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Visitor rejects Morocco’s claim

Human rights campaigner Sabrina Tucci spent a month in the Sahrawi camps in Tindouf earlier this year. Despite the recent kidnapping of three aid workers, Tucci feels she can still confirm that “the camps are one of the safest places on the planet”.

The whereabouts of the three aid workers which have been kidnapped during the night between October 22 and 23 from a refugee camp in South Western Algeria are still unknown.

I have spent a month within the refugee camps in Tindouf. During this time I have moved between February 27, Smara and Dakhla camps and the Rabuni centre. Rabuni is the political hub of the Sahrawi Arab Democratic Republic (SADR) where foreign aid workers usually lodge. The centre also hosts the Red Crescent, AFAPREDESA and other organizations. During my stay in Tindouf my security has never been threatened; on the contrary my physical and mental wellbeing have been ensured on a daily basis. Anytime I needed to reach a place I have been accompanied by someone, be this a member of my Sahrawi family, my Sahrawi translator and members of Protocol, the administrative branch of the Polisario. The Sahrawi community as a whole took entire responsibility for my security. Even when wanting to make use of the female bath, usually at 3pm, I had someone local taking care of me. And when my Sahrawi sisters and I decided to take a night trip to the desert to watch the stars, once at the dunes, we have been reached, stopped and taken by police officers to the police station. I was shocked and scared at the same time. What did I do wrong? Why was I being put on a Toyota, taken to the police station and questioned? I have found the answer immediately after.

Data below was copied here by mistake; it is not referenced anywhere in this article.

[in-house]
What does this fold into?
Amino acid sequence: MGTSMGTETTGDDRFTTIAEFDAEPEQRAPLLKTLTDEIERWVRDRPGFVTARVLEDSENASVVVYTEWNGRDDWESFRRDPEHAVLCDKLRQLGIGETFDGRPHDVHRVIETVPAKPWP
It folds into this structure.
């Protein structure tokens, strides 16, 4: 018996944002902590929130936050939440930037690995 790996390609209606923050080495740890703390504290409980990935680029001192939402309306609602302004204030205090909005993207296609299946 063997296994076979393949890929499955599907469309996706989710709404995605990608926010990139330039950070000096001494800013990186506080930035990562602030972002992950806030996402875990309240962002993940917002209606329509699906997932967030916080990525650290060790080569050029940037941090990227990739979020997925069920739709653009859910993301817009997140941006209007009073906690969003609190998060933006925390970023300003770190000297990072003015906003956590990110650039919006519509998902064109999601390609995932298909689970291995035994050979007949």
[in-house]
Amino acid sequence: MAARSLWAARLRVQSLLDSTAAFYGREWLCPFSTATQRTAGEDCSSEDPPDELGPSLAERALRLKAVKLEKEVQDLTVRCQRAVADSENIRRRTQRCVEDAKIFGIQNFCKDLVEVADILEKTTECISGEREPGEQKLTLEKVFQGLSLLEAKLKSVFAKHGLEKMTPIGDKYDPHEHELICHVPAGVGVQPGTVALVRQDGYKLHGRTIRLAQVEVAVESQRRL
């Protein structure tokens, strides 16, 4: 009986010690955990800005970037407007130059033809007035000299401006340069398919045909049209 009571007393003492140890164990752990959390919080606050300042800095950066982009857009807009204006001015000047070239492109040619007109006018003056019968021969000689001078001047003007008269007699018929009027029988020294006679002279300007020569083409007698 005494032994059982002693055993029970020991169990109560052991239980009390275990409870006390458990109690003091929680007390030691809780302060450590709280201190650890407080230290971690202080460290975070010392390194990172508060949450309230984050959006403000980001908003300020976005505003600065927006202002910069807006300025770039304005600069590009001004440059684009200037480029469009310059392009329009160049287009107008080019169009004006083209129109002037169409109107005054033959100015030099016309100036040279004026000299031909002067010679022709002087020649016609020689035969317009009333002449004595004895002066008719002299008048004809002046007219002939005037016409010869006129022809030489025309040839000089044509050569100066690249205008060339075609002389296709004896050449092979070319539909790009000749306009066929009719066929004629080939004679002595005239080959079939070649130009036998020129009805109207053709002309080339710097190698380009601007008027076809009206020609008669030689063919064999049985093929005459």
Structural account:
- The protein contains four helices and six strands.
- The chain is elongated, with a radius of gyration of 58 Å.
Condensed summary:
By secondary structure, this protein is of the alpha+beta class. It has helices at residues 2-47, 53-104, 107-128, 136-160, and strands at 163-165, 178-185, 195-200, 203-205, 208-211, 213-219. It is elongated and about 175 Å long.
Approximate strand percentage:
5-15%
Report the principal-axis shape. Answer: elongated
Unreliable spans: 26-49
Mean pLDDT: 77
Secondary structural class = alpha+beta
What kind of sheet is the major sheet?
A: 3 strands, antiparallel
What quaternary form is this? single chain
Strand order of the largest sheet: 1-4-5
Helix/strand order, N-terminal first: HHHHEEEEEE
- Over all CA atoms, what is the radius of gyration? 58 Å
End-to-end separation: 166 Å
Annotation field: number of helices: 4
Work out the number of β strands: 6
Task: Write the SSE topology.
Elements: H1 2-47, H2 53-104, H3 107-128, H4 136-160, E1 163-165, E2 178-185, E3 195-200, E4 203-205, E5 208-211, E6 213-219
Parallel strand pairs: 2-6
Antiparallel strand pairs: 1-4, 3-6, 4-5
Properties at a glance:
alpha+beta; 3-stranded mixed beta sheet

Foreigners working in the camps have no permission to leave, especially at night, if not accompanied by a member of the Polisario. This is one of the measures taken by the Front to ensure the wellbeing of foreigners carrying out work in Tindouf. My safety has been once more guaranteed. Before travelling to the camps I have met a representative of the Polisario Front in London who told me: ‘the camps are one of the safest places on this planet’. I feel I can still confirm this, despite what has happened to the three aid workers.

I have decided to go to the camps and work there (I have been interviewing policy makers, victims of human rights abuses, artists and human rights activists) to give visibility to the Sahrawi cause, to break the silence on the Sahrawi situation. The Sahrawi conflict is one of the less discussed worldwide. Sahrawi refugees have been living in the camps in South Western Algeria since 1975. The Polisario Front has sought independence for Western Sahara, a former Spanish colony, since its annexation in 1975 by Morocco. Since the 1991 cease-fire with the Moroccan forces, the Polisario has also been campaigning for a referendum on the right to self-determination. The referendum, however, has so far been ostracised by the Moroccan government. Morocco claims that Western Sahara has historically been part of the Moroccan territory and considers autonomy under its sovereignty the only solution to the conflict. Western Sahara is renowned for its phosphate-rich territory and its fine fishing waters. Offshore oil deposits are also believed to be in the region.
The plight of the Sahrawi population in the occupied and the liberated territories as well as in the refugee camps are rarely the focus of political and media discourse. For instance, MINURSO, the UN mission in Western Sahara, is still the only UN peacekeeping mission without a mandate to monitor human rights, despite calls from organisations such as the Western Sahara Campaign.

The limited media attention comes not as a surprise given the on-going silence by the international community on the Sahrawi cause, the cause of the last colony of Africa.


* Sabrina Tucci is a human rights campaigner. She worked in the Saharawi refugee camps on behalf of Sandblast Arts Charity between December 2010 and January 2011.
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